For many first-time buyers, finding the right solicitor to help with the conveyancing process can be an intimidating task.
When looking for a solicitor to help you with conveyancing, it’s a good idea to have several questions ready to ask them before you begin the process. After all, it is important you work with an experienced and reliable property solicitor who will ensure everything runs smoothly.
With that in mind, we outline some of the questions you should ask before making an appointment.
“How much will you charge, and what is included in the cost?”
The cost of conveyancing will vary according to the value of the property you are buying and the nature of the lease, as well as the solicitor you have instructed.
Most quotes will be made up of different elements: the solicitor’s basic fee, which covers their time and labour, as well as disbursements, additional expenses and Stamp Duty Land Tax, which are costs incurred by the solicitor and passed on to you.
It is always a good idea to shop around to find a conveyancer who offers a thorough and trustworthy service for a good price.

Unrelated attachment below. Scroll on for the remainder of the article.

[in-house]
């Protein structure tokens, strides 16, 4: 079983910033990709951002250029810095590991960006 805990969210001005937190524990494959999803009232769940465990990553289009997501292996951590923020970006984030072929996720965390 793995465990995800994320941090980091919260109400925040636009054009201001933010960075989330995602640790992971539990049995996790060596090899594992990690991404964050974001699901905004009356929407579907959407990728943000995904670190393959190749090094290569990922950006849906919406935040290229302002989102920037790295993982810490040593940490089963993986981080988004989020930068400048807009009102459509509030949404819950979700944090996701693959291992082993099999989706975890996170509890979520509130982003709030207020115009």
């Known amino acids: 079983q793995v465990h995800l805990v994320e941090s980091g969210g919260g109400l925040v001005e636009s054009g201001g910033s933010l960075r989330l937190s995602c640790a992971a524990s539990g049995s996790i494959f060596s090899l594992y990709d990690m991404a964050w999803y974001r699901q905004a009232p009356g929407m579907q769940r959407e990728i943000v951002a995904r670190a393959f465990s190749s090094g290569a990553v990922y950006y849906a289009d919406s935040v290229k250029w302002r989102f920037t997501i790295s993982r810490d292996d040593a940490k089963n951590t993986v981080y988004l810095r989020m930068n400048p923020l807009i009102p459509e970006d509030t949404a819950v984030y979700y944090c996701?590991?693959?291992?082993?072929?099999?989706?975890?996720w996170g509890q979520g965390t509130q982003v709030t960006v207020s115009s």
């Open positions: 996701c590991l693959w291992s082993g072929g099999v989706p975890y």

“How long will the process take?”
The time conveyancing takes will vary depending on the buyers, sellers and mortgage lenders involved.
Once contracts have been exchanged, buyers are legally obliged to purchase the property: from this point, it usually takes between four and 12 weeks until completion, when the keys are finally handed over.
It is always best to be flexible. Unexpected delays can be incurred at any stage, especially when there are long and complicated chains.
“How can we keep things moving efficiently?”
Although the conveyancing process is primarily conducted between solicitors, there are some parts that will require your input, such as signing and returning contracts.
With conveyancing taking between eight and 12 weeks when there are no delays, keeping things going efficiently is essential to a speedy and successful house move.
“What happens if the sale falls through?”
Unfortunately, planned house sales and purchases can fall through for a variety of reasons. Check with your lawyer from the beginning how much you’ll need to pay if the move doesn’t go ahead.
Even when a sale or purchase falls through, your lawyer might still have done a substantial amount of work. Law firms are businesses – their product is legal advice, and they’ll want to be paid for the work they’ve carried out.
Some lawyers might offer “no move, no fee” deals, but if they do you should double check what this means.
When it comes down to is that, if you’re unsure about something, you should ask. Your lawyer is the legal expert, and that’s ultimately why you’re paying them.